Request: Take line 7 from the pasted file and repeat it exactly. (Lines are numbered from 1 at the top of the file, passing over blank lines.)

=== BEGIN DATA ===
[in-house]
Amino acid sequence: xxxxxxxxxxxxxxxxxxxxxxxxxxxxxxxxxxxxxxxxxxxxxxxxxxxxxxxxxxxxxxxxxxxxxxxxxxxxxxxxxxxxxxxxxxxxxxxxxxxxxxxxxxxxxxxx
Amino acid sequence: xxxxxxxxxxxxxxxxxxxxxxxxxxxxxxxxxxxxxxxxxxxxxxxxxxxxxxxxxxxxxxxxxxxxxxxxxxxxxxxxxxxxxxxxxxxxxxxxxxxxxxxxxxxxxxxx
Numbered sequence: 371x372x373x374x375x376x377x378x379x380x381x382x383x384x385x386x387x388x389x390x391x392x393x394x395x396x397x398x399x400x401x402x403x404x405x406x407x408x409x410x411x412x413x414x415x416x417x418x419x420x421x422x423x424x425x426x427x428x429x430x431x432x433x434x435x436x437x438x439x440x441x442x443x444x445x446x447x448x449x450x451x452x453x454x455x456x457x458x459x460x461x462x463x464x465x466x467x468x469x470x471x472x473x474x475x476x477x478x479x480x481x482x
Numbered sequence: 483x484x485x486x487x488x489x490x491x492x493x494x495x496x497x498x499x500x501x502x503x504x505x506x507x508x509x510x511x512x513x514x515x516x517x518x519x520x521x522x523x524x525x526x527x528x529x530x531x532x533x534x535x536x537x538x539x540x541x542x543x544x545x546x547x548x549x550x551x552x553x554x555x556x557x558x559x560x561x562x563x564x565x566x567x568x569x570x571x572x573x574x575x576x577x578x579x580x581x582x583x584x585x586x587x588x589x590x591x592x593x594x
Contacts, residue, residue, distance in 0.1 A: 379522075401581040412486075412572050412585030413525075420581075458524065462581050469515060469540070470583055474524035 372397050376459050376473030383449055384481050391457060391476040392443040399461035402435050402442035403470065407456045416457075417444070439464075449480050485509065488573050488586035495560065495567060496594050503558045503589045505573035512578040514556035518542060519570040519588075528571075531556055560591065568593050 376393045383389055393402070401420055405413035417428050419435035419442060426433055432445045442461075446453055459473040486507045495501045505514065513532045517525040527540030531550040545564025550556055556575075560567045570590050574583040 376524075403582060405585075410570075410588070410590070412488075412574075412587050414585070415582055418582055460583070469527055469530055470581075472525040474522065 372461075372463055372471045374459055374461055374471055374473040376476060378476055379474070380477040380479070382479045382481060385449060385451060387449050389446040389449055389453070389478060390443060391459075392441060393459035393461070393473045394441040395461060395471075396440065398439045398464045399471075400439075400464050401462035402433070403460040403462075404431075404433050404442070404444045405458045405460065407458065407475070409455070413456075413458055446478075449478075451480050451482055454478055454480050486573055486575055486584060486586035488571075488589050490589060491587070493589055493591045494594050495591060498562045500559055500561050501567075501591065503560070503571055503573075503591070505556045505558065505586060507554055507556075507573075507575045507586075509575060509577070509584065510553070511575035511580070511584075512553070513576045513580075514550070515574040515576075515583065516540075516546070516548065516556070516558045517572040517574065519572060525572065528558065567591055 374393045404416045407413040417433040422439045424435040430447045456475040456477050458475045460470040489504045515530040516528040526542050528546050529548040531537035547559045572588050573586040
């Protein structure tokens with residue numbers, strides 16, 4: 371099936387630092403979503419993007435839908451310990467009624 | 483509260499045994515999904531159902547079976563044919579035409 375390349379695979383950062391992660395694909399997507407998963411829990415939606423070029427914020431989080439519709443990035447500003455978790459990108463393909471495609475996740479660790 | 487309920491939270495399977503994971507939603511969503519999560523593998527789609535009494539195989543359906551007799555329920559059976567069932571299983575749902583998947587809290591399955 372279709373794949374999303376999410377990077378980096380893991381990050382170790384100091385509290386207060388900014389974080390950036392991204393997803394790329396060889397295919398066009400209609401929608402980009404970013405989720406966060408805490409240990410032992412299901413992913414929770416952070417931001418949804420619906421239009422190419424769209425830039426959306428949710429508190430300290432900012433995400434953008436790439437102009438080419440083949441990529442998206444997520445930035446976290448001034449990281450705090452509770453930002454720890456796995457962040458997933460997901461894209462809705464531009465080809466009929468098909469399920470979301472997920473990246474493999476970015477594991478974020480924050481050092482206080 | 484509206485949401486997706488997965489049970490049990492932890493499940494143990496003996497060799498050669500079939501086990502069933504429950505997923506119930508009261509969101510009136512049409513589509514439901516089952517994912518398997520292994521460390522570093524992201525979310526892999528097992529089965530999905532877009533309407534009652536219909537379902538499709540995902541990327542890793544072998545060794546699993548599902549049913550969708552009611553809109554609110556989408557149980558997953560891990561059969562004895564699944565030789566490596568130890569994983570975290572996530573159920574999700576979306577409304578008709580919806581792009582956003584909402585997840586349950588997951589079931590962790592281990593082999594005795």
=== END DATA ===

């Protein structure tokens with residue numbers, strides 16, 4: 371099936387630092403979503419993007435839908451310990467009624 | 483509260499045994515999904531159902547079976563044919579035409 375390349379695979383950062391992660395694909399997507407998963411829990415939606423070029427914020431989080439519709443990035447500003455978790459990108463393909471495609475996740479660790 | 487309920491939270495399977503994971507939603511969503519999560523593998527789609535009494539195989543359906551007799555329920559059976567069932571299983575749902583998947587809290591399955 372279709373794949374999303376999410377990077378980096380893991381990050382170790384100091385509290386207060388900014389974080390950036392991204393997803394790329396060889397295919398066009400209609401929608402980009404970013405989720406966060408805490409240990410032992412299901413992913414929770416952070417931001418949804420619906421239009422190419424769209425830039426959306428949710429508190430300290432900012433995400434953008436790439437102009438080419440083949441990529442998206444997520445930035446976290448001034449990281450705090452509770453930002454720890456796995457962040458997933460997901461894209462809705464531009465080809466009929468098909469399920470979301472997920473990246474493999476970015477594991478974020480924050481050092482206080 | 484509206485949401486997706488997965489049970490049990492932890493499940494143990496003996497060799498050669500079939501086990502069933504429950505997923506119930508009261509969101510009136512049409513589509514439901516089952517994912518398997520292994521460390522570093524992201525979310526892999528097992529089965530999905532877009533309407534009652536219909537379902538499709540995902541990327542890793544072998545060794546699993548599902549049913550969708552009611553809109554609110556989408557149980558997953560891990561059969562004895564699944565030789566490596568130890569994983570975290572996530573159920574999700576979306577409304578008709580919806581792009582956003584909402585997840586349950588997951589079931590962790592281990593082999594005795």